• Seek medical care immediately if you begin to develop fever or respiratory symptoms such as shortness of breath or cough.  Remember to share your previous travel history with your health care provider.
  • You should make every effort to inform the medical clinic by telephone about your condition prior to presenting in person there.

3. Keep up to date with local health advice before and during your travel

  • For all travelers, while WHO advises against the application of any travel or trade restrictions on countries with COVID-19, please be aware that local authorities may begin to implement travel restrictions and health screening measures for travelers entering or exiting the country.  All UN personnel should check with the destination countries’ embassy, consulate or Ministry of Health and keep up to date with local health advice before and during your travel. You should also comply with any screening measures put in place by local authorities.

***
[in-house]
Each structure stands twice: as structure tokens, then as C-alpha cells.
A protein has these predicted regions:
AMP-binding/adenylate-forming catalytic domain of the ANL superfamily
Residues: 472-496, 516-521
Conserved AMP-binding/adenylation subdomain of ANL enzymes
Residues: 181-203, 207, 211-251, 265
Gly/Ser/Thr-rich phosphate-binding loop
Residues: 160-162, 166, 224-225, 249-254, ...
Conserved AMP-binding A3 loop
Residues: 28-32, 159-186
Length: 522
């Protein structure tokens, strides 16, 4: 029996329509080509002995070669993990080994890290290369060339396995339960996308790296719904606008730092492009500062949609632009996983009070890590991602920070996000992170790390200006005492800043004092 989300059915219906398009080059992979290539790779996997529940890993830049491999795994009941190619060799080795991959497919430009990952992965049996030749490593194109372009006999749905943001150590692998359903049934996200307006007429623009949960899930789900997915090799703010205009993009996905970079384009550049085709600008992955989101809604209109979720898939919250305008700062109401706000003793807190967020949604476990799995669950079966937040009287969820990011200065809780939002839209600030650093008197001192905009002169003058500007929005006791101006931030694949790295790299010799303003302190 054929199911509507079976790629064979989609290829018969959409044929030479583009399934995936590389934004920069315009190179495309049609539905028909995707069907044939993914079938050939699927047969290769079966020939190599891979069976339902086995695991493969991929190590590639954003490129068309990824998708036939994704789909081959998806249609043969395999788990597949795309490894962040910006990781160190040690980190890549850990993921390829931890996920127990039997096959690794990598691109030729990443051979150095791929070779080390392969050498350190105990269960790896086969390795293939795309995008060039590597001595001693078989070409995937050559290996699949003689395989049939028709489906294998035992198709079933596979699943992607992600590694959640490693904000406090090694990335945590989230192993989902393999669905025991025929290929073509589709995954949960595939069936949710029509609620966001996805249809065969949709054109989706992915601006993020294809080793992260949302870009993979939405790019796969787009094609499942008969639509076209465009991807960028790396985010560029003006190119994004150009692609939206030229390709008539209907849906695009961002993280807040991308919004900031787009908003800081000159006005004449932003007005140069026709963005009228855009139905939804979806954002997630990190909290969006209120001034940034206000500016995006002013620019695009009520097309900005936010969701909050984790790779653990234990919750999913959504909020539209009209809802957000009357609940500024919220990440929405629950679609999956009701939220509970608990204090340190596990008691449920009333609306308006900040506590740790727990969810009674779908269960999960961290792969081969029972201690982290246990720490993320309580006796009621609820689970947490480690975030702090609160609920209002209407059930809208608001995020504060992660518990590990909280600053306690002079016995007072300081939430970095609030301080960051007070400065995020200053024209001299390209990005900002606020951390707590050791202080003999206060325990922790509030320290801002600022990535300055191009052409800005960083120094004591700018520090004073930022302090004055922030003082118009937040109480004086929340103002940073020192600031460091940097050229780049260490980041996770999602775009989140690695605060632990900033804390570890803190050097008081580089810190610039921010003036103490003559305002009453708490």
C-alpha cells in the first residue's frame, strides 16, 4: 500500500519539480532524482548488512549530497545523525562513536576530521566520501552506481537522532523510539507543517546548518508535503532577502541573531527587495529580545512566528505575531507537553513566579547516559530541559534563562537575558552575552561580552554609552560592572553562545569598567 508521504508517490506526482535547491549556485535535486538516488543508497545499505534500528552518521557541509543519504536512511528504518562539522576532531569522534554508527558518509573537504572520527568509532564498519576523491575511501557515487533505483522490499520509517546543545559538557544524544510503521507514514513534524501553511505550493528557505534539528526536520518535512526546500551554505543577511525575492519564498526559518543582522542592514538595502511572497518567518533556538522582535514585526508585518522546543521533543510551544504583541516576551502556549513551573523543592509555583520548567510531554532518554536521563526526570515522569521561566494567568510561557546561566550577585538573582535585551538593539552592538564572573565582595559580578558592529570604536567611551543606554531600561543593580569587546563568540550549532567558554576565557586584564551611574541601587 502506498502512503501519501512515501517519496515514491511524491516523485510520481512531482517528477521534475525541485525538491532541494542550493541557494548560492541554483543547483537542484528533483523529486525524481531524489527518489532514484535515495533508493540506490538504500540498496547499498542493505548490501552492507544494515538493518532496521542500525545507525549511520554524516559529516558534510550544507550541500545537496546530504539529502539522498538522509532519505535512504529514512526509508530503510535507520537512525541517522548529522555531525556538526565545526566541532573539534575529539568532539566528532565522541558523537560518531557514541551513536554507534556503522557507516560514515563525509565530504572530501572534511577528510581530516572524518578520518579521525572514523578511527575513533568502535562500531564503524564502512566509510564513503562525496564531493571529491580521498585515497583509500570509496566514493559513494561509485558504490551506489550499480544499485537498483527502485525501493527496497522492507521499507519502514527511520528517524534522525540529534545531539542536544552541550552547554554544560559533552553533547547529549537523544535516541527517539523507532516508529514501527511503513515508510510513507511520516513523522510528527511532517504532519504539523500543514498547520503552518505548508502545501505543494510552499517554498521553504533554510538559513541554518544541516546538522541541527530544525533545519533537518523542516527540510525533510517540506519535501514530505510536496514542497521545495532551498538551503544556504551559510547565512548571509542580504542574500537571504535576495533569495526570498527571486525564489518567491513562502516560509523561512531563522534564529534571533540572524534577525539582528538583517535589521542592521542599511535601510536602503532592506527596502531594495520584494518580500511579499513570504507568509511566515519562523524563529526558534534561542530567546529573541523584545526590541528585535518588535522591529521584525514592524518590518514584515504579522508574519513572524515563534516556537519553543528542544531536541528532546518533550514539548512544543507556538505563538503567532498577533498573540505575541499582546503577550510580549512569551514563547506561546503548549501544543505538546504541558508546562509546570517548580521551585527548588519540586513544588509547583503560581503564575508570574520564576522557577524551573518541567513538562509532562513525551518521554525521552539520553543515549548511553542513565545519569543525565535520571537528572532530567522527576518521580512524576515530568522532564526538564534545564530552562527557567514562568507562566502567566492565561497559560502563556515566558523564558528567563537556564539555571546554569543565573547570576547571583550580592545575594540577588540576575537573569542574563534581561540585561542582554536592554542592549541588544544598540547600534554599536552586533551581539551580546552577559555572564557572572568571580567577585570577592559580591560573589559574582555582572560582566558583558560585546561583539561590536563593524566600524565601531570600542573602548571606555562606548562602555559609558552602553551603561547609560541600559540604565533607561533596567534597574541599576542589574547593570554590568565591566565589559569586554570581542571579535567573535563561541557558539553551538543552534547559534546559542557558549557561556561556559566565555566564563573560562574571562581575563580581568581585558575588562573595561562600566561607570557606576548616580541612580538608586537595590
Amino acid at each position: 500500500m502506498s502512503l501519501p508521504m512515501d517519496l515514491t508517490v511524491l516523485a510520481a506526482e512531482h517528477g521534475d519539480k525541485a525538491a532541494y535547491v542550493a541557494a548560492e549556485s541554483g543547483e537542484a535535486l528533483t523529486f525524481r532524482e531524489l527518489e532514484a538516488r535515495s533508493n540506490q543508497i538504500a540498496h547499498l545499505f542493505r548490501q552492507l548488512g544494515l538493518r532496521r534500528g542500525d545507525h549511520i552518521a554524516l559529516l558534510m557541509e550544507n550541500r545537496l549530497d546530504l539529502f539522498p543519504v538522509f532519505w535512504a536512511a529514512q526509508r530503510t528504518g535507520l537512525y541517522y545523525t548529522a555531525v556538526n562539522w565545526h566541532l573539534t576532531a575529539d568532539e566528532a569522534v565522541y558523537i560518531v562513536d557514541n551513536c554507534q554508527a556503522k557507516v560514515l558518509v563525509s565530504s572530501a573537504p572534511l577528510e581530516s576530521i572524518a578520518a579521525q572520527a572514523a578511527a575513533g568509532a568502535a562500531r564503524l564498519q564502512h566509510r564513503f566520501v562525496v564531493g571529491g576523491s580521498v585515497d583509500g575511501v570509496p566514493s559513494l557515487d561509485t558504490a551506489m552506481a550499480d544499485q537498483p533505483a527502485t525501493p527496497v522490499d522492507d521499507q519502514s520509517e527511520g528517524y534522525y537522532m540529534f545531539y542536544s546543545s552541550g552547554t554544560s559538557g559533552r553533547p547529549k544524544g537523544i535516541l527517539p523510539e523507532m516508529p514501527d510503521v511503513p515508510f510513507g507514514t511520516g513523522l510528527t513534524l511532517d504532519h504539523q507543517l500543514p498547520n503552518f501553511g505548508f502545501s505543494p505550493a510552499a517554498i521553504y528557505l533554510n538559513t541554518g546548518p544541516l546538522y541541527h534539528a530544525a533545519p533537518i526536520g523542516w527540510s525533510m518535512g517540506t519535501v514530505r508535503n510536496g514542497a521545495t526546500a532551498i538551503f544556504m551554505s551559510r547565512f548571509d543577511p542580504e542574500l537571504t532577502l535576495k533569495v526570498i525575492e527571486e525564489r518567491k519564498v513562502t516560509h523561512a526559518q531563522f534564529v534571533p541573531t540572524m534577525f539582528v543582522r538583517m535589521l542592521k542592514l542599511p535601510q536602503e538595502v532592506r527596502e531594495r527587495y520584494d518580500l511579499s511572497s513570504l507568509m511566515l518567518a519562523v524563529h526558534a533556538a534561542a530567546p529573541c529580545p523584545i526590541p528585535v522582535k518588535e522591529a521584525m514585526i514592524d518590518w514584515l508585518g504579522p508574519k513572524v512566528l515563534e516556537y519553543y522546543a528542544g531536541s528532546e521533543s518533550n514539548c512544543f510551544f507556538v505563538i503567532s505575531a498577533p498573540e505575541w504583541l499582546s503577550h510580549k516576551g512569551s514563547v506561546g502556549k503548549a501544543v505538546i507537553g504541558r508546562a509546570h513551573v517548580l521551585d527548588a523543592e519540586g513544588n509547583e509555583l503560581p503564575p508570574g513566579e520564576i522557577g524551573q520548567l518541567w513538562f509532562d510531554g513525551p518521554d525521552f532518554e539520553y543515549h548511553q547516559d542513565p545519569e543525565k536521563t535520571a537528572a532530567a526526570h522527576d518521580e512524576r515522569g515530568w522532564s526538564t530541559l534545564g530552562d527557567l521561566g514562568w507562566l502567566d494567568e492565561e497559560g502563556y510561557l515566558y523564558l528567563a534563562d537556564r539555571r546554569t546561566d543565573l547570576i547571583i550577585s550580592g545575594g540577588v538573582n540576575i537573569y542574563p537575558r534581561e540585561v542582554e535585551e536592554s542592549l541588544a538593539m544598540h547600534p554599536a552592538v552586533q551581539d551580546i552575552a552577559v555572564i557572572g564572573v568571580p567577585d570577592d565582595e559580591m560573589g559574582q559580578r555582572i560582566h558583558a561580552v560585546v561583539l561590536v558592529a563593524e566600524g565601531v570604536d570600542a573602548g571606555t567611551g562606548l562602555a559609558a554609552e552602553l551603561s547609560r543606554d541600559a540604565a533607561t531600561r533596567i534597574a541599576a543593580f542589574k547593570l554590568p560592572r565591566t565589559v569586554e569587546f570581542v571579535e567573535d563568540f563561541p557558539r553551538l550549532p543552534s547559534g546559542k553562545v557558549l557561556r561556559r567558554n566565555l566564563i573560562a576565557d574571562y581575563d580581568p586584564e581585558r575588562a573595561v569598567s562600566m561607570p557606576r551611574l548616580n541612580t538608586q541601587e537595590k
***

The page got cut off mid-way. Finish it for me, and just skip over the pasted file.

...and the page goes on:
• For the latest available on travel restrictions, please visit the International Air Transport Association (IATA) Travel News page.
    • It is important to caveat that this information is only as reported to IATA by the countries and may not reflect the absolute latest information. Moreover, it is general in sense and does not provide all of the specific details (e.g. the US restrictions lists by IATA do not go into the level of details that was promulgated by the State department as to which visa classes are exempt). Travelers should still ensure that they check with the relevant authorities for any countries they plan to travel to and ensure that they would not face any issues as it relates to their specific situation.

4. Read the following guidance from the United Nations Medical Directors  

5. Duty station Administrators and Managers should refer to the files below:

6. Know the facts and dispel the myths about the COVID-19 from the WHO 

7. Answers to some UN specific questions below: